Examples of standardized achievement tests include the Woodcock-Johnson Tests of Achievement (WJ), the Peabody Individual Achievement Test (PIAT-R) and the Wechsler Individual Achievement Test (WIAT). Other, more familiar standardized achievement tests include the ACT and the SAT.

Why Use Achievement Tests?

The specific results obtained from an achievement test are most commonly used for admissions or high school placement. Colleges and universities can rely on these measures for accuracy mainly because the results are standardized.

Achievement tests may also be used for scholarship applications or acceptance into honor societies. Because these tests focus on mastery of previously learned material and content, schools rely on them as an indicator of academic past and future success.

Aptitude Tests

While the achievement tests measure a test taker’s level of knowledge or mastery of specific content, the aptitude test measures a test taker’s potential for future learning. In this instance, think of the word aptitude, which is defined as a person’s natural ability to learn a skill or perform a task. Additionally, this type of assessment measures a student’s current and potential ability to perform certain tasks.

Aptitude tests measure a test taker’s natural talents or abilities and can serve as a guide for future planning. These types of assessments may include a series of questions in which a test taker simply makes a value judgement, to agree or disagree, and the results may show what types of career paths they would be suited for. These tests may also ask test takers to indicate preferences.

Other types of aptitude tests include personality inventories. These types of assessments will indicate the personal preferences and interpersonal strengths and weaknesses of the test taker. These tests may also measure a test taker’s ability to solve complex problems or future abilities to perform certain tasks.

Why Use Aptitude Tests?

For high school students, aptitude tests are widely used to help them determine a path of future study. For example, an aptitude test may indicate a test taker is an extrovert and enjoys public speaking. For another test taker, it may indicate a strength in complex reasoning and problem solving.

These results will align with certain areas of study and professional careers. This may be especially helpful for students who are not sure what they want to study or what type of post-high school career they want to pursue.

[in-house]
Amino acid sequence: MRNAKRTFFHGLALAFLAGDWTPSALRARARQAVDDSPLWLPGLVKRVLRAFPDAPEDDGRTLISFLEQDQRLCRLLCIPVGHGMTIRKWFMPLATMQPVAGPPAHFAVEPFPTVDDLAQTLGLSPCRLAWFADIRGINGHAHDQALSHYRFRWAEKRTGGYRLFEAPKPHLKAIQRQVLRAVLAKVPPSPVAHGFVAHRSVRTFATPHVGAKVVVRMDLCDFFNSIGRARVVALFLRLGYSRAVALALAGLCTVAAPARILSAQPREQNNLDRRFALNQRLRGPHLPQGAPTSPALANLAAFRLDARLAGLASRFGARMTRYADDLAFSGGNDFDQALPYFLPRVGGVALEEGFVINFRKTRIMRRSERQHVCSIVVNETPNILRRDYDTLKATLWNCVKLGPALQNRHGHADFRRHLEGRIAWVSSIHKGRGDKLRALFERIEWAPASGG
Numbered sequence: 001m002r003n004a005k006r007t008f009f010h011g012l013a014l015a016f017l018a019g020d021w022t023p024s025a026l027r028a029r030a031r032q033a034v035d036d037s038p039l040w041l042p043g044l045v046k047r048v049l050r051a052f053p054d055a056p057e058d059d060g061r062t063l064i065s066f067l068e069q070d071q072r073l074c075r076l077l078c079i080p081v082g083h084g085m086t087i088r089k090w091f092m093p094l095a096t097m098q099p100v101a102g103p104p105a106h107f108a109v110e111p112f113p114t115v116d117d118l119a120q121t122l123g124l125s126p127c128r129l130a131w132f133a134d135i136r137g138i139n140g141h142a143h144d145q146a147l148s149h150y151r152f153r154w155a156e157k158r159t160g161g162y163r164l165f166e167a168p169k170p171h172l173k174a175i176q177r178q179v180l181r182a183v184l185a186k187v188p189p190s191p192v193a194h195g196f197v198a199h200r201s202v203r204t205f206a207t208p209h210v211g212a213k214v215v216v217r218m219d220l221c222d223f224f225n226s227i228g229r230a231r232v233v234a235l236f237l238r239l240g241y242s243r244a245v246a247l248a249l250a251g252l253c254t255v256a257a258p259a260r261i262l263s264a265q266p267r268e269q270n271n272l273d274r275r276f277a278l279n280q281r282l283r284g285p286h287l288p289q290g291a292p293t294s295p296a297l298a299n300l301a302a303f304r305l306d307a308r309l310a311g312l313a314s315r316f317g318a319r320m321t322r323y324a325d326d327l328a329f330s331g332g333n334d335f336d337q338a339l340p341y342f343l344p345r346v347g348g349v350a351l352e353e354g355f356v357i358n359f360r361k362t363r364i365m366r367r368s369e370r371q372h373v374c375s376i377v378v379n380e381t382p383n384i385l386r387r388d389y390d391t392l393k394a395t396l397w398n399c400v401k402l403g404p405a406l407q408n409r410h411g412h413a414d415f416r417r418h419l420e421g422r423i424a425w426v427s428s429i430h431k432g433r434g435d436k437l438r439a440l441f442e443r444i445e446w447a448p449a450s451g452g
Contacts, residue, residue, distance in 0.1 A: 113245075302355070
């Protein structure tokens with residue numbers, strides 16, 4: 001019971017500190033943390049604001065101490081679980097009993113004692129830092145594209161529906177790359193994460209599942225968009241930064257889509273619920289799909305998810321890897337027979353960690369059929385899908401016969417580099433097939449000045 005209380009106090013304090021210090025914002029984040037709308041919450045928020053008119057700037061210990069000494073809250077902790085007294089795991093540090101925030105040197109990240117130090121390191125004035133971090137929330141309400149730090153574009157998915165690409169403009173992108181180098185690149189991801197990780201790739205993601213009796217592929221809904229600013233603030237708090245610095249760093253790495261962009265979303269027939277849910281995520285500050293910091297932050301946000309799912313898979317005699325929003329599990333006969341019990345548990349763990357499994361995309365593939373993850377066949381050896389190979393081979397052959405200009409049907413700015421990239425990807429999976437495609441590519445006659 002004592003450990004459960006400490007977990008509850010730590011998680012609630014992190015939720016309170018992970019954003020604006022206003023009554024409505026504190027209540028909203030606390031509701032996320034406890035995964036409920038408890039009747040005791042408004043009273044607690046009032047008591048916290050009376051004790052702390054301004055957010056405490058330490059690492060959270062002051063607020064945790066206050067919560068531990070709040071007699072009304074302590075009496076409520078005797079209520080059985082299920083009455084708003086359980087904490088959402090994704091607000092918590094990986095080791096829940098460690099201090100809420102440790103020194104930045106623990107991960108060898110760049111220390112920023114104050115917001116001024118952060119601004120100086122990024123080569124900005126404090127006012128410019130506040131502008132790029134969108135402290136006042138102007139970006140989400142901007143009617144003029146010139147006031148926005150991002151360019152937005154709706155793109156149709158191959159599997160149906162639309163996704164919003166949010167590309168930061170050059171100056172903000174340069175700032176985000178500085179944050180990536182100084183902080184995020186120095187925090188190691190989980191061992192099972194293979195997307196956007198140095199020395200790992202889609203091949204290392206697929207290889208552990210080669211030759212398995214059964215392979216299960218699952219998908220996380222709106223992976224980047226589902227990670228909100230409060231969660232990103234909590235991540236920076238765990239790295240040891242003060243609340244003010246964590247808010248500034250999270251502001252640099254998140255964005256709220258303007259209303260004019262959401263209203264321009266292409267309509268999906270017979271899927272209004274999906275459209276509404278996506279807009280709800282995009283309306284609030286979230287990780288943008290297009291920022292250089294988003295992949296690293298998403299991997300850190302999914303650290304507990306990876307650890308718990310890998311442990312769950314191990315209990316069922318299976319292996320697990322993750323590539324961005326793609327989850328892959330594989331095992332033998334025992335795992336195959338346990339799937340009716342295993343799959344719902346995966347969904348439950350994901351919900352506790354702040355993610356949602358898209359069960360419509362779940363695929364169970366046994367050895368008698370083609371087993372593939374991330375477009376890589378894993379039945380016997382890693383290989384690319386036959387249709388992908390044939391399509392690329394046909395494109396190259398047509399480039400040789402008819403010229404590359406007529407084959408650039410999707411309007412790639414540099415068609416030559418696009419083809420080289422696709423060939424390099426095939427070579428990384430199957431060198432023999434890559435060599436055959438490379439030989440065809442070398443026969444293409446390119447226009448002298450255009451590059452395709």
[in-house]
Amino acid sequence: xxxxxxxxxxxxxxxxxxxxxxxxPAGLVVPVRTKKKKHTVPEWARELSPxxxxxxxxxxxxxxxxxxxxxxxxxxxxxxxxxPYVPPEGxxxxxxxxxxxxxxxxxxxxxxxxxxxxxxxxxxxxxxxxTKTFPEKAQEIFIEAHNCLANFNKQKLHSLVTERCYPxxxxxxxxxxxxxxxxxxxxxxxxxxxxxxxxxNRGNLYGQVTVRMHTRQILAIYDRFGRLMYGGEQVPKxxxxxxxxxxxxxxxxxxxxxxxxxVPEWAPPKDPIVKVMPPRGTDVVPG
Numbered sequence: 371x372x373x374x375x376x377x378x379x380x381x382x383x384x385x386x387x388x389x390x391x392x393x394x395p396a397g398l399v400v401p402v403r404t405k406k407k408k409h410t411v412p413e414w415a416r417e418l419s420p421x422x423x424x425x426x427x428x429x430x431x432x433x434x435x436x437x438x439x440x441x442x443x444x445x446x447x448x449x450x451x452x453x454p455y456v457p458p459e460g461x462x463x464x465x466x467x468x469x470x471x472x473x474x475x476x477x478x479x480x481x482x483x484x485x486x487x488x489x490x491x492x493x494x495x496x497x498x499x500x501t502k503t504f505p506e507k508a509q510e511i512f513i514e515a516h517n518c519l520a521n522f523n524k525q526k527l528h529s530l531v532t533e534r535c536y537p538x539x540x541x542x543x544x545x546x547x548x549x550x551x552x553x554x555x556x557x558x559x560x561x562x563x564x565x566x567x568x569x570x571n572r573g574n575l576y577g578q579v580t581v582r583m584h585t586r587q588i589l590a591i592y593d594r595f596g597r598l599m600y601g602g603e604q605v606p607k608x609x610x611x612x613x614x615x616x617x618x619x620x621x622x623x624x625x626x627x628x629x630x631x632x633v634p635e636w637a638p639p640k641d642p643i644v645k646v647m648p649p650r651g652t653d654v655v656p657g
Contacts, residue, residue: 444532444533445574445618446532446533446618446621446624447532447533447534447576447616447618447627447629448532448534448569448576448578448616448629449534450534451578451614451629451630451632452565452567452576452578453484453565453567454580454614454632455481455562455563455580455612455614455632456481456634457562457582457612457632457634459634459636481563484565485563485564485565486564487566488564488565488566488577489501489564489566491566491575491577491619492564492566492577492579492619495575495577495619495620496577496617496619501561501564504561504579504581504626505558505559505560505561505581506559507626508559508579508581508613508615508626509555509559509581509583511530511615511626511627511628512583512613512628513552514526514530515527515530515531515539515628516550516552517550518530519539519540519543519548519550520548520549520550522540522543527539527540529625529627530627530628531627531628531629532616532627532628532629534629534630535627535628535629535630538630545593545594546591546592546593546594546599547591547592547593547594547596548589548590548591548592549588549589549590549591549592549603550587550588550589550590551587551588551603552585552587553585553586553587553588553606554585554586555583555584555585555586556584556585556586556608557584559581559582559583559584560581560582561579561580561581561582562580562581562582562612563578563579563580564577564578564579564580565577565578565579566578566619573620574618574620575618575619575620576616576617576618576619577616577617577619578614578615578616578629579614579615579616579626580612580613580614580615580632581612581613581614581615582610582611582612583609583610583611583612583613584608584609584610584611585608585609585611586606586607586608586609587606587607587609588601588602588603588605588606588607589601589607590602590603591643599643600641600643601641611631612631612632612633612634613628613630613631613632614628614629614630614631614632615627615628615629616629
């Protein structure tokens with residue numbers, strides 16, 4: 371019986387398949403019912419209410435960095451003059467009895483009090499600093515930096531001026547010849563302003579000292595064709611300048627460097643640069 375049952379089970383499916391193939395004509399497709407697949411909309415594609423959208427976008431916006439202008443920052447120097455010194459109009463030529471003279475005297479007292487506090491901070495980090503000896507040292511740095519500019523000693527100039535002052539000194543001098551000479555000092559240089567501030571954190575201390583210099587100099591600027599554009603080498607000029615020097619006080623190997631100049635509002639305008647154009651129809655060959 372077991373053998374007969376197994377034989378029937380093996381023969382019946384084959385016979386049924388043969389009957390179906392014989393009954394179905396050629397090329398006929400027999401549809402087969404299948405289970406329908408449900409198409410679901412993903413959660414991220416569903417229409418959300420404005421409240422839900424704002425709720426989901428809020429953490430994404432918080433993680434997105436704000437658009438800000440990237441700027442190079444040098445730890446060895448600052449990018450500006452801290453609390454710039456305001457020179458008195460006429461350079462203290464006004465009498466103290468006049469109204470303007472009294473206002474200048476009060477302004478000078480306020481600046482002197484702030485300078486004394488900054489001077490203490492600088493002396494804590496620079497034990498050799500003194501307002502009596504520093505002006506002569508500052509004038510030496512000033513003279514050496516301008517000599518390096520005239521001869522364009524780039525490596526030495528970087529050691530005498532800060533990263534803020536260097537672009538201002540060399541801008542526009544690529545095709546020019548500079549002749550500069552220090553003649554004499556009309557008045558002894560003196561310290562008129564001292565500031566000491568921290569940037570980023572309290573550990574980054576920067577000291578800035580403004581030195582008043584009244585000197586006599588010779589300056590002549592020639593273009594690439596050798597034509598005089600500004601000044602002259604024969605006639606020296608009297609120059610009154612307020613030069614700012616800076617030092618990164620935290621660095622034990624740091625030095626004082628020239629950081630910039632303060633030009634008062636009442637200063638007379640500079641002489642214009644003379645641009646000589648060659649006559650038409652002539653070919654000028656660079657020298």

Aptitude Tests and IQ Tests

The main difference between aptitude tests and IQ tests is the focus of the tests. IQ tests measure a very broad range of abilities and the results indicate a person’s general intelligence. You might think of this test as a shallow assessment of a broad range of items.

The aptitude test, however, measures a much narrower range of abilities. This test uses a specific set of parameters to go in-depth into certain areas of skill. While this test is very specific, it is important to understand that it is limited in what it can predict.

Achievement vs. Aptitude

Similarities

The most significant similarities between an achievement test and an aptitude test is that both can be standardized. Results from both can be used to determine strengths, abilities and parts of intelligence in test takers.

Differences

The main difference between achievement tests and aptitude tests is the way the tests value previously learned material. The achievement test specifically assesses a test taker’s mastery of previously learned material.

However, the aptitude test essentially disregards the information previously learned by the test taker. In other words, achievement tests measure past learning, and aptitude tests measure future potential.

About the Author

Melanie Forstall has a doctorate in education and has worked in the field of education for over 20 years. She has been a teacher, grant writer, program director, and higher education instructor. She is a freelance writer specializing in education, and education related content. She writes for We Are Teachers, School Leaders Now, Classroom, Pocket Sense, local parenting magazines, and other professional academic outlets. Additionally, she has co-authored book chapters specializing in providing services for students with disabilities.